WASHINGTON COUNTY HISTORICAL SOCIETY (Washington County, Utah)
YEE SAM WING (aka SAM WING)
(laundry owner, druggist, mayor of "Chinatown" in Silver Reef)
BIOGRAPHYYee Sam Wing was born about 1844 in China. He immigrated to the United States about 1867-1869. In 1870, he was running a laundry business in Corinne City, Box Elder County, Utah.
By 1877, Sam had settled in Silver Reef. There was quite a population of Chinese in Silver Reef. They came to this and other mining camps after completion of the transcontinental railroad in 1869. They ran businesses including laundries, meat shops, drug stores, and maybe even sold some opium. Sam Wing ran a laundry, "The First Wash-house" on Bonanza (lower Main Street) and was a druggist practicing Chinese herbal medicine in Silver Reef's Chinatown.
The Chinese were not well accepted by the townsfolk and they congregated in the south end of town. Sam Wing was the Mayor of this "Chinatown".
When the mines closed, Sam Wing, the former Mayor of the Chinese community, called upon the conscientiousness that conceivably got him elected. Using his own personal funds, he built new caskets and paid the freight costs to ship all of his dearly departed countrymen back to their homeland.
By 1890, Sam Wing had moved to Salt Lake City where he had drug store on Commercial Street. Later, he moved to Mercur (Tooele County) and was known as "Doc Chinaman" to his fellow townspeople. Besides practicing Chinese herbal medicine, he was the proprietor of a laundry. By 1914, Sam was back in Salt Lake City and living on South Temple Street. He had a Chinese herbal medicine store near the Salt Lake railroad terminal.
In his declining years, Sam longed to see his native land, but did not have the means to gratify his desire. It was a neighbor, Enos A. Wall, a copper mining millionaire, who gave Sam the money to make the trip to China and return. Toward the end of his life, Sam lived at 166 Plum Alley in Salt Lake City. Plum Alley ran north-south dividing the city block between Main and State streets, between First and Second South. It was a Chinese community with grocery and merchandise stores, laundries and restaurants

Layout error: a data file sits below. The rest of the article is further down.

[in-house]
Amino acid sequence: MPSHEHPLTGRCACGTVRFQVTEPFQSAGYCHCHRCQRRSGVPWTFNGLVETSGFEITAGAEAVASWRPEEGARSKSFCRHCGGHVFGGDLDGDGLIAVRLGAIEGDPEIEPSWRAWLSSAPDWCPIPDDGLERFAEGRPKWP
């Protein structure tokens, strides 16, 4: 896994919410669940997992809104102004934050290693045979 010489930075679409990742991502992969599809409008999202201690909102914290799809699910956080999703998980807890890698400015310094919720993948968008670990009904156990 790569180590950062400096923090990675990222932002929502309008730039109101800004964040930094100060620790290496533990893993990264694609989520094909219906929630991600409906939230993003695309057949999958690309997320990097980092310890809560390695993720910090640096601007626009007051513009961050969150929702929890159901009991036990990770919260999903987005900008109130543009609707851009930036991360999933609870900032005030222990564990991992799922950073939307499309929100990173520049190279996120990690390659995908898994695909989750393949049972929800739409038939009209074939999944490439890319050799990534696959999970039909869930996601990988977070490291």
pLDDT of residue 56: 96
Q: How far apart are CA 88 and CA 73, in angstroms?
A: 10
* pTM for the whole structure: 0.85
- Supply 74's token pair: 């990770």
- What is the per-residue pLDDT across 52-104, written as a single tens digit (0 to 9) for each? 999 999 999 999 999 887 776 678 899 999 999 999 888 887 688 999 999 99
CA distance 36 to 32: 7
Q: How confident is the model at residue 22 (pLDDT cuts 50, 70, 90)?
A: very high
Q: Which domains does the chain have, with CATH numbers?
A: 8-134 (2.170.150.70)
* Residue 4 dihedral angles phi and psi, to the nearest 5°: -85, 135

Yee Sam Wing died on February 20, 1927 at age 84 in the Salt Lake City Hospital after surgery for a strangulated hernia with general peritonitis. He was buried in the Salt Lake City Cemetery. There is a handwritten note on the death certificate that says “moved to China October 1936” so it appears his body was eventually returned to his homeland.
FAMILYSam Wing's wife, Mary (also known as Maile and Molly) was born April 1860 in China and immigrated about 1870. It was reported that they married about 1871, but it is not clear when or where it actually happened.
Yee Sam Wing about 1885
REFERENCESYee Sam Wing
A research report by Elaine Young, PhD.
Silver, Sinners & Saints: A History of Old Silver Reef, Utah
by Paul Dean Proctor and Morris A. Shirts
History to Go article on the Pioneer Chinese of Utah